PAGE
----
Cruising Review


Publication Title | ENSURING CRUISE SHIP SAFETY FROM DESIGN TO OPERATION

Cruise Ship | Superyacht | Search Engine Series

Superyacht | Cruise Ship | Industry search was updated real-time via Filemaker on:

Superyacht | Cruise Ship | Industry | Return to Search List

Search Completed | Title | ENSURING CRUISE SHIP SAFETY FROM DESIGN TO OPERATION
Original File Name Searched: 3_safety-infographic_finalv2.pdf | Google It | Yahoo | Bing



Page Number: 001
Previous Page View | Next Page View

Text | ENSURING CRUISE SHIP SAFETY FROM DESIGN TO OPERATION | 001



ENSURING CRUISE SHIP SAFETY

FROM DESIGN TO OPERATION: A LIFECYCLE OF OVERSIGHT

CRUISE SHIPS ARE AMONG THE MOST HEAVILY SCRUTINIZED MARINE VESSELS ON EARTH.

From the earliest stages of conception and design to day-to-day operations, U.S. and international agencies and experts devote thousands of hours toward confirming that every safety feature, process and system works as it should to keep passengers safe.

DESIGN

Cruise ships today are the safest that ever sailed, thanks to the rules, regulations and technological innovations that govern their design.

The International Convention for the Safety of Life at Sea, or SOLAS, is the international framework that governs thousands of safety features and requirements for non-military vessels.

Independent classification societies survey cruise ships to ensure that construction complies with rigorous standards for structure, stability, propulsion, electrical and mechanical installations.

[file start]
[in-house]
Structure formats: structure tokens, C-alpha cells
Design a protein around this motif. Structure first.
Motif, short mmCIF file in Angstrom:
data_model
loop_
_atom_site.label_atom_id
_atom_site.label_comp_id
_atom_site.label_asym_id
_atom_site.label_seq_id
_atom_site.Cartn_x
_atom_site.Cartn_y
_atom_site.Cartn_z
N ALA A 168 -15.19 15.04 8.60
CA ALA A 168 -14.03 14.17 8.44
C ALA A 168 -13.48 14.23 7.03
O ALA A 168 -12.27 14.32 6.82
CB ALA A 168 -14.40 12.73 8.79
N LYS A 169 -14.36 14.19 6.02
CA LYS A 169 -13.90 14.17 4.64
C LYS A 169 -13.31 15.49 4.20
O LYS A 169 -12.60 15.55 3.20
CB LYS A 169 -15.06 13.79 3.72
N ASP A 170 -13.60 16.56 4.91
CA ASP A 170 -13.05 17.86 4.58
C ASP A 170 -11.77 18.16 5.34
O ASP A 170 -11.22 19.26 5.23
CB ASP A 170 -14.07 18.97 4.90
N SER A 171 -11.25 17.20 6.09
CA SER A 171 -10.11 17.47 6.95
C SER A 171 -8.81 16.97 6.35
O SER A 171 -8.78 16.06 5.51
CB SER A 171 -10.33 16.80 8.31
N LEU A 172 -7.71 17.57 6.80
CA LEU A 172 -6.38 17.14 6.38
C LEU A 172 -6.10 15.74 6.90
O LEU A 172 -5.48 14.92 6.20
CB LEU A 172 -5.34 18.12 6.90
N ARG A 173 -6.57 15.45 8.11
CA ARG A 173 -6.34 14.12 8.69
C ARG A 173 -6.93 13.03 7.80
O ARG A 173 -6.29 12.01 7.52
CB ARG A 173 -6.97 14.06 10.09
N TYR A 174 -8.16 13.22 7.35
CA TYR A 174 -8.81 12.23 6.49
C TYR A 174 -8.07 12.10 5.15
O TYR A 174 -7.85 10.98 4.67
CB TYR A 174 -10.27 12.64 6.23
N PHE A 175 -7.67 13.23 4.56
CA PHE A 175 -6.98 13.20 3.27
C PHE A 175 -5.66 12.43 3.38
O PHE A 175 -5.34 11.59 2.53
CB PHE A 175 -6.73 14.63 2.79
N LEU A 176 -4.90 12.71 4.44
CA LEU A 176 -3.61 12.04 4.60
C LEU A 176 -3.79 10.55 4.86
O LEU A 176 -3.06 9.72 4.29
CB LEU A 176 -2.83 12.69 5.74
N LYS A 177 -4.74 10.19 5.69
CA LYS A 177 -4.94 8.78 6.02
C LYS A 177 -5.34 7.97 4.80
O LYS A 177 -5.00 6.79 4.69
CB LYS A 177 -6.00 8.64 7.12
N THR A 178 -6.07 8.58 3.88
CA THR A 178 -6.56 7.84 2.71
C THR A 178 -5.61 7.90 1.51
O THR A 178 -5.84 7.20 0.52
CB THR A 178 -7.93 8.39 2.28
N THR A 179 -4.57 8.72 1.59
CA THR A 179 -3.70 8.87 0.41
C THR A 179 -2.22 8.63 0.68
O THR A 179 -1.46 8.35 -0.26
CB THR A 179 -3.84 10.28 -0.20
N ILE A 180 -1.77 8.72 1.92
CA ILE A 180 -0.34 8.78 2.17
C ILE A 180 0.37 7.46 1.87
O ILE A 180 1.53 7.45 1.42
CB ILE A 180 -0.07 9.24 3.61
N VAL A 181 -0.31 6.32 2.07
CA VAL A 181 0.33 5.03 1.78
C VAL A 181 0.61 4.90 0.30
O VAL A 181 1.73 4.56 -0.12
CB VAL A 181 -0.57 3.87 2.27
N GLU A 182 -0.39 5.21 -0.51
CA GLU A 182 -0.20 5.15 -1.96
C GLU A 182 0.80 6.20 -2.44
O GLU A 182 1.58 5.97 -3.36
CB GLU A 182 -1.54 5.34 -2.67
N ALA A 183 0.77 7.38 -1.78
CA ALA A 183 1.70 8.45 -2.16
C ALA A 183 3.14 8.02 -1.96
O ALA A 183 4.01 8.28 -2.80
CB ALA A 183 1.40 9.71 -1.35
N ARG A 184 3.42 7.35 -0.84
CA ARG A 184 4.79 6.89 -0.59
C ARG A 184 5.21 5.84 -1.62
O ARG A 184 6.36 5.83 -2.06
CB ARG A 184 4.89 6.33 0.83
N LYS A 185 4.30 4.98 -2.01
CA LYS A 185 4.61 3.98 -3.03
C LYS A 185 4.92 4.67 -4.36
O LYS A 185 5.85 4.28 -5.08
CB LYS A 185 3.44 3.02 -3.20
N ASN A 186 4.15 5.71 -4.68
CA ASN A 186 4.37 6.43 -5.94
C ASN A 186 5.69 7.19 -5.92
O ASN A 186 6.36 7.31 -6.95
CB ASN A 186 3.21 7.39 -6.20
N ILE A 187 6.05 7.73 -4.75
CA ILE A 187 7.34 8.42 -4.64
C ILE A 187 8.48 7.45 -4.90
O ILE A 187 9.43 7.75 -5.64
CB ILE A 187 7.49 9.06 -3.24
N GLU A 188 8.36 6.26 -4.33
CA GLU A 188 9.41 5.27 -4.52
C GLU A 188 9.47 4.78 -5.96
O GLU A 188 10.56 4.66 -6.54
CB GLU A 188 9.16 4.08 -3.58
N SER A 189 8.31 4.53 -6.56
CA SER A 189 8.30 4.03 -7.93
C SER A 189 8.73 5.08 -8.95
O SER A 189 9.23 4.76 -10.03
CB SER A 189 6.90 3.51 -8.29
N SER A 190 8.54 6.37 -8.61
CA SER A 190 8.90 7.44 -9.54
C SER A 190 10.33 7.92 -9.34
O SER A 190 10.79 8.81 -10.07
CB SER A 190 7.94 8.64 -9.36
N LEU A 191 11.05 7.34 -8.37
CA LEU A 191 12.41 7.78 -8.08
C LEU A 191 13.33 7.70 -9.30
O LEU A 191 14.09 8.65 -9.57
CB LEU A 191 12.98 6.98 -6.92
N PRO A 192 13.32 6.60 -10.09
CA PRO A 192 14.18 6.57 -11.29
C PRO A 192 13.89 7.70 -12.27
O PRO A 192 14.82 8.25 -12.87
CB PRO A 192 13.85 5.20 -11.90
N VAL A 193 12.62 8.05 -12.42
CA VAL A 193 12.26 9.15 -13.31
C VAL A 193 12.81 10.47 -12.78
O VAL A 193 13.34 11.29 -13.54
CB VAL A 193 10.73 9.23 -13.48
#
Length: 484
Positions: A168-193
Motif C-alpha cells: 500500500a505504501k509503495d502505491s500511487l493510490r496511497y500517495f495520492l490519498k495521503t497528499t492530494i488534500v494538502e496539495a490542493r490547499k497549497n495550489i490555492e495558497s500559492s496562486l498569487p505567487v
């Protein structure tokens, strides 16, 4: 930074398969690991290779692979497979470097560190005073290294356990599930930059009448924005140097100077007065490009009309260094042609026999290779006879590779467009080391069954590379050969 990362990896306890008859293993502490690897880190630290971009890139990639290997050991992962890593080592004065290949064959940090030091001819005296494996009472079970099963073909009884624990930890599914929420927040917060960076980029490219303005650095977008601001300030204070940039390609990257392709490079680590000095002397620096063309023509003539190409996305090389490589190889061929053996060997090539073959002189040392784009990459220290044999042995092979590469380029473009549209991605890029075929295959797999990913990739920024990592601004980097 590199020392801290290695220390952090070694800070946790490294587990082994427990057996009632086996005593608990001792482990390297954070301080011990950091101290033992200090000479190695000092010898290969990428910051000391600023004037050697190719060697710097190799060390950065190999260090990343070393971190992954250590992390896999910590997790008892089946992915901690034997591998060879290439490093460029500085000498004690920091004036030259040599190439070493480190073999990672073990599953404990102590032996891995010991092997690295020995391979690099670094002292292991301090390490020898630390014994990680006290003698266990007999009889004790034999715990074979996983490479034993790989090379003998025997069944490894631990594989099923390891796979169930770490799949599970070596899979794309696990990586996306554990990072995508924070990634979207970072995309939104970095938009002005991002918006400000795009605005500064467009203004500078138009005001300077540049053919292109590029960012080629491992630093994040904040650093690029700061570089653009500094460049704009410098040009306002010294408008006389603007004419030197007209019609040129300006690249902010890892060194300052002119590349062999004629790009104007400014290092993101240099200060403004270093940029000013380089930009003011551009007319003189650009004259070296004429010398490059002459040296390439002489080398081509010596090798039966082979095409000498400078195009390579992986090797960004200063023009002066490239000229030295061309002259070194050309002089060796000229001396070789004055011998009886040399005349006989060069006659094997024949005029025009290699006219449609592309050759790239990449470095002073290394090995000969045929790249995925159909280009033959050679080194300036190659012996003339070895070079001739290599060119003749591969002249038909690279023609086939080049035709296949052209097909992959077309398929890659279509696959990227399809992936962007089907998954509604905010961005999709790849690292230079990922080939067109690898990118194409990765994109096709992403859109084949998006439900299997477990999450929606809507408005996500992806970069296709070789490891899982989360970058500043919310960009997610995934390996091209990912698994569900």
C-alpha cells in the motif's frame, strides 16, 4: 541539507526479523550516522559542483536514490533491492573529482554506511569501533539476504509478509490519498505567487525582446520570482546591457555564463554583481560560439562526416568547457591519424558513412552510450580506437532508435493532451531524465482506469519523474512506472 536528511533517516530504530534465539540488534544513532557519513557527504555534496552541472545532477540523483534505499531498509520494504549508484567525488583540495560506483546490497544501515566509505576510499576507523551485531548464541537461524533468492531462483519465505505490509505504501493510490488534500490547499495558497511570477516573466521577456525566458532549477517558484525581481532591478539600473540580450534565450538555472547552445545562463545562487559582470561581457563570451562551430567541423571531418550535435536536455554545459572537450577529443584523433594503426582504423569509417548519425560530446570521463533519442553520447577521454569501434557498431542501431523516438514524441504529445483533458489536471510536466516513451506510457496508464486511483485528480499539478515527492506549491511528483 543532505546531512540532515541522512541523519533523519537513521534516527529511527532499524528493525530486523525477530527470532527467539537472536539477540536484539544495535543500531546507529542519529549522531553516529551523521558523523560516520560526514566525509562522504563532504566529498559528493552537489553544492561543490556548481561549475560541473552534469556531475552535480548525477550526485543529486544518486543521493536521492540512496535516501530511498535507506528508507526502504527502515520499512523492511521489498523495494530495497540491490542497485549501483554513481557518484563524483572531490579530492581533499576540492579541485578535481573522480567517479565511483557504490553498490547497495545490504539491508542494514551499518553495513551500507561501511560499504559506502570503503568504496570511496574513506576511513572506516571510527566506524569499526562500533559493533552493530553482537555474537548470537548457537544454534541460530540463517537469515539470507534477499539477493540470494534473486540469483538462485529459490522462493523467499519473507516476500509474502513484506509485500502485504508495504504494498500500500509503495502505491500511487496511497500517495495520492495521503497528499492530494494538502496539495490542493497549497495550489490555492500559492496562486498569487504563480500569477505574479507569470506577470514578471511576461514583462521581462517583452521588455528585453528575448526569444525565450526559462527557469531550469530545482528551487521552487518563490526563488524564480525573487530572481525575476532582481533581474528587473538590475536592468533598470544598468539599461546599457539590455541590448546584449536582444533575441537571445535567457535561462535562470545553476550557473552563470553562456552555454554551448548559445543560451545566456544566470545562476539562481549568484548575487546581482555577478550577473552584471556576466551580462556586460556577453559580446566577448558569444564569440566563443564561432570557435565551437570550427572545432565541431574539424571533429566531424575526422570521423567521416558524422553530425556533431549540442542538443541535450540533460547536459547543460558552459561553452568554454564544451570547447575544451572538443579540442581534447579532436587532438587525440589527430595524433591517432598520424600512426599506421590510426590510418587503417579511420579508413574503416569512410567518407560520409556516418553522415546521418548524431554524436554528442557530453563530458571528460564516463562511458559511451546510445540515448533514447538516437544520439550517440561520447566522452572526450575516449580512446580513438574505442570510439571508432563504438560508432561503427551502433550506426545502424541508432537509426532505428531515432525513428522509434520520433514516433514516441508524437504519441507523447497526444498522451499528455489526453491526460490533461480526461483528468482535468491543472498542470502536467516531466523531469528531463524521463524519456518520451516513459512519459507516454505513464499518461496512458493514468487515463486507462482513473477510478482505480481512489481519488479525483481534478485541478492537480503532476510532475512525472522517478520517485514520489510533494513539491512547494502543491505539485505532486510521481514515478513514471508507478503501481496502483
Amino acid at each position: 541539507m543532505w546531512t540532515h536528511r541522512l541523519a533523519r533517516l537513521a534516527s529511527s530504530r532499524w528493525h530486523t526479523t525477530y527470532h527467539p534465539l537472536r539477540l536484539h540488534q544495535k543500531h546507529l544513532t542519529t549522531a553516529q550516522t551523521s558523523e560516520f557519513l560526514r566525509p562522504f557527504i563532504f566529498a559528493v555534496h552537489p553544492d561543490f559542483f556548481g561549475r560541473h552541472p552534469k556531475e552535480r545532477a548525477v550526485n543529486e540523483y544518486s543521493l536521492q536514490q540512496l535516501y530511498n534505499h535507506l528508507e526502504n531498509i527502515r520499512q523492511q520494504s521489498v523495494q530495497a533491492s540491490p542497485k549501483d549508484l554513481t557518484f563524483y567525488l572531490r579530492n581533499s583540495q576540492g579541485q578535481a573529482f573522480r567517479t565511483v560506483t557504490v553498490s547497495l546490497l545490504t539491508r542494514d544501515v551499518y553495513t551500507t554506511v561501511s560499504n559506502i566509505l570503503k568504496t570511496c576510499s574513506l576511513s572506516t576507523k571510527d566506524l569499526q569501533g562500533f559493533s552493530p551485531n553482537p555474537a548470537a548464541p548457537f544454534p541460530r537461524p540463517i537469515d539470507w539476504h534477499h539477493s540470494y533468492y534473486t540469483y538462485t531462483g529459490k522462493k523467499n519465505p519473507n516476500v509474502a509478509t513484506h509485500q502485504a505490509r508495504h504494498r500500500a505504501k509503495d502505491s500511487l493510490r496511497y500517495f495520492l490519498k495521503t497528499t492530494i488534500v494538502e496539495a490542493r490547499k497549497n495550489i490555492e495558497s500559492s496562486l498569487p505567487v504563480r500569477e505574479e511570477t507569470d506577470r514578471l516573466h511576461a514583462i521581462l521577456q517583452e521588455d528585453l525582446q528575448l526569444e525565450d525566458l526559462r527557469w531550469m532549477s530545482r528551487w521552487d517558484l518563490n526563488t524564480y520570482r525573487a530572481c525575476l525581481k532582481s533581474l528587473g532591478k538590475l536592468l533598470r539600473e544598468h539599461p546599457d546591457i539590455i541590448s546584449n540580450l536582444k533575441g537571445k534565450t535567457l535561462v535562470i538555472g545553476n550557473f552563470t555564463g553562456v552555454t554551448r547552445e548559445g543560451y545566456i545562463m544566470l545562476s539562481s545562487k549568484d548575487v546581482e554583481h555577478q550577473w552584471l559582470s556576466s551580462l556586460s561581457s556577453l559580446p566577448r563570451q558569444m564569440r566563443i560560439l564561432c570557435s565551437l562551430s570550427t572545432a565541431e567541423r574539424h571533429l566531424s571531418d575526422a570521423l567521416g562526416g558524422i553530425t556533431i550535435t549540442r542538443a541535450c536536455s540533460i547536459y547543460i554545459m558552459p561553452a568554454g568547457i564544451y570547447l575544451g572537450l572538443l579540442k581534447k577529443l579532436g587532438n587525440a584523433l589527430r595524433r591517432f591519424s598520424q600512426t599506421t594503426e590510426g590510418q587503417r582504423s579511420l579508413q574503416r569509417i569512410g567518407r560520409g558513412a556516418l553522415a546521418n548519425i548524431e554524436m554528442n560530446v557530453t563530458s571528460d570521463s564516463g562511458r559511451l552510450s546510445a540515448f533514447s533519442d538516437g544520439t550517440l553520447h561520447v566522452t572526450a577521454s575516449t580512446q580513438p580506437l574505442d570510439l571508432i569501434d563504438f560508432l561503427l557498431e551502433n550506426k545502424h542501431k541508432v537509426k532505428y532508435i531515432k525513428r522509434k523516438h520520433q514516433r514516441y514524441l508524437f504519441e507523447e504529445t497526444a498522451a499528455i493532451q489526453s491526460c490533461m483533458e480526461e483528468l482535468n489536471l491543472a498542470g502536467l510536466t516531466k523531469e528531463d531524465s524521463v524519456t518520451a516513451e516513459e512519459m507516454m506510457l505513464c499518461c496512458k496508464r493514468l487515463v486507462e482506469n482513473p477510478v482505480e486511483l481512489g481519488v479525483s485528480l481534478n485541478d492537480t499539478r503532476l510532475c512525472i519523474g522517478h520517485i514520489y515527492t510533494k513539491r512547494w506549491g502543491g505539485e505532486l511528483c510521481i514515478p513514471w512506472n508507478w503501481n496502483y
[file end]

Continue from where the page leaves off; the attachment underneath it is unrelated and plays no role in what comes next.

Design concepts and plans are developed in accordance with SOLAS safety requirements that govern details such as stability, materials, electrical, fire prevention and evacuation. Plans are reviewed by the ship’s designated classification society--independent inspectors-- before construction can begin.

The U.S. Coast Guard verifies that requirements for fire detection and suppression, complex alarm systems and many other safety systems are addressed.

Any cruise ship that might operate in the U.S. is subject to extensive concept review and subsequent examinations by the U.S. Coast Guard in order to identify and remove potential issues before construction begins.

Cruise ships that will operate in the U.S. receive many certifications before they can carry passengers, including:

Passenger Ship Safety Certificate: Ship meets IMO and flag state laws and regulations.

Certificate of Class: Ship meets classification society’s additional safety requirements.

U.S. Coast Guard Certificate of Compliance: Ship meets all applicable safety standards.

CONSTRUCTION

Inspections and surveys take place virtually every day of construction, amounting to many thousands of hours of oversight.

Image | ENSURING CRUISE SHIP SAFETY FROM DESIGN TO OPERATION



ensuring-cruise-ship-safety-from-design-to-operation
Review of The Brando - French Polynesia - Eco Resort - Go to website

Search Engine Contact: greg@cruisingreview.com